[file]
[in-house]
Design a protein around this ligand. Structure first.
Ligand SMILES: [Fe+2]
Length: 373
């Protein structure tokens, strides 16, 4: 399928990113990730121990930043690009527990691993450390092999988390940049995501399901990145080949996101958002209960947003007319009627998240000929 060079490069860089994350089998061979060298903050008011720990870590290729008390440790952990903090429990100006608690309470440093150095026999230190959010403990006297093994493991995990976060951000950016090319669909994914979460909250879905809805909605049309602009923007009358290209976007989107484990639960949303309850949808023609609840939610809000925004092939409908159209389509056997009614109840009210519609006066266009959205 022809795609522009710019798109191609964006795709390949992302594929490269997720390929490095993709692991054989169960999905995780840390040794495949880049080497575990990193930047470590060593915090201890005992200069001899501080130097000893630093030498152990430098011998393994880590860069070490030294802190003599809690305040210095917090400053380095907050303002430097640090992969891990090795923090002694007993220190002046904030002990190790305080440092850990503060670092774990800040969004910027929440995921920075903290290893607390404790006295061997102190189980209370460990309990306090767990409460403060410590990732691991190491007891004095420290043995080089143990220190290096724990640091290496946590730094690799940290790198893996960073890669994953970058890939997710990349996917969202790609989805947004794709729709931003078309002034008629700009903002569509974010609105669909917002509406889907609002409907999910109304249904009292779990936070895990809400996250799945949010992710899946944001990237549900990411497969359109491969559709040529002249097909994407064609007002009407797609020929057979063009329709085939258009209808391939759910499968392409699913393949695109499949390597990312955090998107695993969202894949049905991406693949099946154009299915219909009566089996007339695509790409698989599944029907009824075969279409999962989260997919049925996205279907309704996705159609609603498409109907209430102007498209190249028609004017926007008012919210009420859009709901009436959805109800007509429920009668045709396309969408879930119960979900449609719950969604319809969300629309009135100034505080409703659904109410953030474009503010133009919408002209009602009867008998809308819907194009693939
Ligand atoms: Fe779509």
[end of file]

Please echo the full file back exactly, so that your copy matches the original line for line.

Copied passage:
[in-house]
Design a protein around this ligand. Structure first.
Ligand SMILES: [Fe+2]
Length: 373
């Protein structure tokens, strides 16, 4: 399928990113990730121990930043690009527990691993450390092999988390940049995501399901990145080949996101958002209960947003007319009627998240000929 060079490069860089994350089998061979060298903050008011720990870590290729008390440790952990903090429990100006608690309470440093150095026999230190959010403990006297093994493991995990976060951000950016090319669909994914979460909250879905809805909605049309602009923007009358290209976007989107484990639960949303309850949808023609609840939610809000925004092939409908159209389509056997009614109840009210519609006066266009959205 022809795609522009710019798109191609964006795709390949992302594929490269997720390929490095993709692991054989169960999905995780840390040794495949880049080497575990990193930047470590060593915090201890005992200069001899501080130097000893630093030498152990430098011998393994880590860069070490030294802190003599809690305040210095917090400053380095907050303002430097640090992969891990090795923090002694007993220190002046904030002990190790305080440092850990503060670092774990800040969004910027929440995921920075903290290893607390404790006295061997102190189980209370460990309990306090767990409460403060410590990732691991190491007891004095420290043995080089143990220190290096724990640091290496946590730094690799940290790198893996960073890669994953970058890939997710990349996917969202790609989805947004794709729709931003078309002034008629700009903002569509974010609105669909917002509406889907609002409907999910109304249904009292779990936070895990809400996250799945949010992710899946944001990237549900990411497969359109491969559709040529002249097909994407064609007002009407797609020929057979063009329709085939258009209808391939759910499968392409699913393949695109499949390597990312955090998107695993969202894949049905991406693949099946154009299915219909009566089996007339695509790409698989599944029907009824075969279409999962989260997919049925996205279907309704996705159609609603498409109907209430102007498209190249028609004017926007008012919210009420859009709901009436959805109800007509429920009668045709396309969408879930119960979900449609719950969604319809969300629309009135100034505080409703659904109410953030474009503010133009919408002209009602009867008998809308819907194009693939
Ligand atoms: Fe779509």